Nnontraditional candidates often think their experience and skills are obvious, and as a result, fail to adequately explain how their professional experience makes them qualified to raise money. “A lot of people say, ‘I did sales, so I can do this,’ but you have to connect the dots” more explicitly for organizations hiring fundraisers, Michael Vann, Vice President for Search Management says. “They want their own language repeated back to them,” he says. They want to hear about specific responsibilities a would-be fundraiser held in previous jobs and how that will make the candidate successful in building relationships and securing gifts.
“Unwillingness on the part of the fundraising profession to pay attention to transferable skills has not only diminished the pipeline of talent, but also diminished success in objectives for the profession to become more diverse,” says Ron Schiller of Aspen Leadership Group. “We’re missing out on plenty of people with strong skills and relevant passion who could put those skills to work for something that matters deeply to them.”
The loss of revenue, the increase of unexpected expenses, and for some the decreased value of endowments due to coronavirus have left many nonprofits scrambling to make payroll. Unfortunately, the options to correct the financial challenges may include cutting salaries, furloughing staff, and laying off staff members. Aspen Leadership Group is one of the few search firms in the country offering free career counseling to nonprofit and advancement professionals and we offer 11 tips based on conversations and personal experience to help those affected prepare for their next job search.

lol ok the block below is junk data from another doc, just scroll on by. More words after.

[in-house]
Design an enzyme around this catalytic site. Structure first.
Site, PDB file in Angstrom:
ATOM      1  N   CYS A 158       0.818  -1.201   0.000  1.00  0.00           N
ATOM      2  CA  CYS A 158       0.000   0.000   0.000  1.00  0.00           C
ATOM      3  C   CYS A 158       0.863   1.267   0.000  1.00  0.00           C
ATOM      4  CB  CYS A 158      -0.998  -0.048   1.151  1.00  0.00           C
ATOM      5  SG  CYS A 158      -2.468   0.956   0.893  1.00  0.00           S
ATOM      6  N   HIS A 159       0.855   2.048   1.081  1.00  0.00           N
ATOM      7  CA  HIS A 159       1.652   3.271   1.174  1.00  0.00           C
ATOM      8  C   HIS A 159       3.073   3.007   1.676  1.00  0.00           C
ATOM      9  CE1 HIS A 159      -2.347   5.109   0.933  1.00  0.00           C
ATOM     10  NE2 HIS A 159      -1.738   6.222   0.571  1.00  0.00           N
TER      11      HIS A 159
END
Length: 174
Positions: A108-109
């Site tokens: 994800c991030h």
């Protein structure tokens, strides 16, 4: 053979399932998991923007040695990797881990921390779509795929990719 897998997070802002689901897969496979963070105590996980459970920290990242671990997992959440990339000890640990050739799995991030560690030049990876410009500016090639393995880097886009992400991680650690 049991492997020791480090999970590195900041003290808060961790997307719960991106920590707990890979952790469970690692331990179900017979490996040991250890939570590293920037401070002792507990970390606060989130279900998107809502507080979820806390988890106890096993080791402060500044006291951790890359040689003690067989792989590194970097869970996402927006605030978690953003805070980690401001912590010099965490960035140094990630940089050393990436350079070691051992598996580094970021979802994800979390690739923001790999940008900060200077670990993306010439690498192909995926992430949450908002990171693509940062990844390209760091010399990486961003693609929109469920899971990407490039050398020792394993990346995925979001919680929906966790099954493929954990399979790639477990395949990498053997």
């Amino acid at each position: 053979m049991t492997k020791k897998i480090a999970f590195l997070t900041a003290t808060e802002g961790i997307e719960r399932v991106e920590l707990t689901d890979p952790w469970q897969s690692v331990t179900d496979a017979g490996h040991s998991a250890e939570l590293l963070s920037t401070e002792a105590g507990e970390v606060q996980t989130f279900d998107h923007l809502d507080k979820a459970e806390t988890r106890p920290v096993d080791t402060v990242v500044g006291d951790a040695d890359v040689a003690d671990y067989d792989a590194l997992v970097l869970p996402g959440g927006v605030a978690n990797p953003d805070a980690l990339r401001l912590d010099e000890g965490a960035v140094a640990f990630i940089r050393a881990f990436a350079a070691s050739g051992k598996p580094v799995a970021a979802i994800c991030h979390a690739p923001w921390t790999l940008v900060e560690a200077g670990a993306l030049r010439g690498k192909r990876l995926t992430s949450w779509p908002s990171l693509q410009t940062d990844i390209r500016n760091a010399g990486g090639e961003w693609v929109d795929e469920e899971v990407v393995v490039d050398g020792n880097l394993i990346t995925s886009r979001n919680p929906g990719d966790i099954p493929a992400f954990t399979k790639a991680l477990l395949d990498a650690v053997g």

ALG’s Search Team interacts with hundreds of advancement professionals each week. Today, these interactions are increasingly focused on navigating careers during an uncertain time. While candidates are concerned about their own positions or about an interrupted career trajectory, they also are developing new skills, deepening relationships with donors, and working in ways that they never imagined. Here is what we are hearing from candidates and recommendations we are sharing with them.
People who focus on the negative, or allow the focus of a conversation to shift to the negative, rarely get the job.
Yet fundraisers—even highly experienced ones—often bungle the online interview, executive recruiters say. Here are tips from recruiters and search committee participants to help you prepare for your next interview.
Interviews are an opportunity to confirm to the hiring committee that you will be an asset to their team. Learn how to prepare, showcase strengths, and avoid common mistakes.
While your résumé highlights your experience and qualifications—the “hard” skills that you possess—your cover letter offers the hiring manager insights into your passion and suitability for the organization’s mission.
As a candidate, crafting a good resume makes it easier for a client to readily recognize your strengths and fit for a role. The following guidelines will help you create a strong resume that puts your skills and experience front and center.
Candidates over 50 years old are experiencing a headwind when trying to secure their next role in the nonprofit sector. There are too many incidents of strong candidates who bring a wealth of experience and the ability to raise the bar of performance but who do not get hired. Is it possible to improve the hiring odds for these qualified candidates? And does this fall to the hiring organization, or are older candidates actually doing the best job they can to be viewed in the most positive way possible? This Coach’s Corner offers insights from both perspectives – hiring manager and candidate – and 8 recommendations about how candidates can better position themselves to land their next position.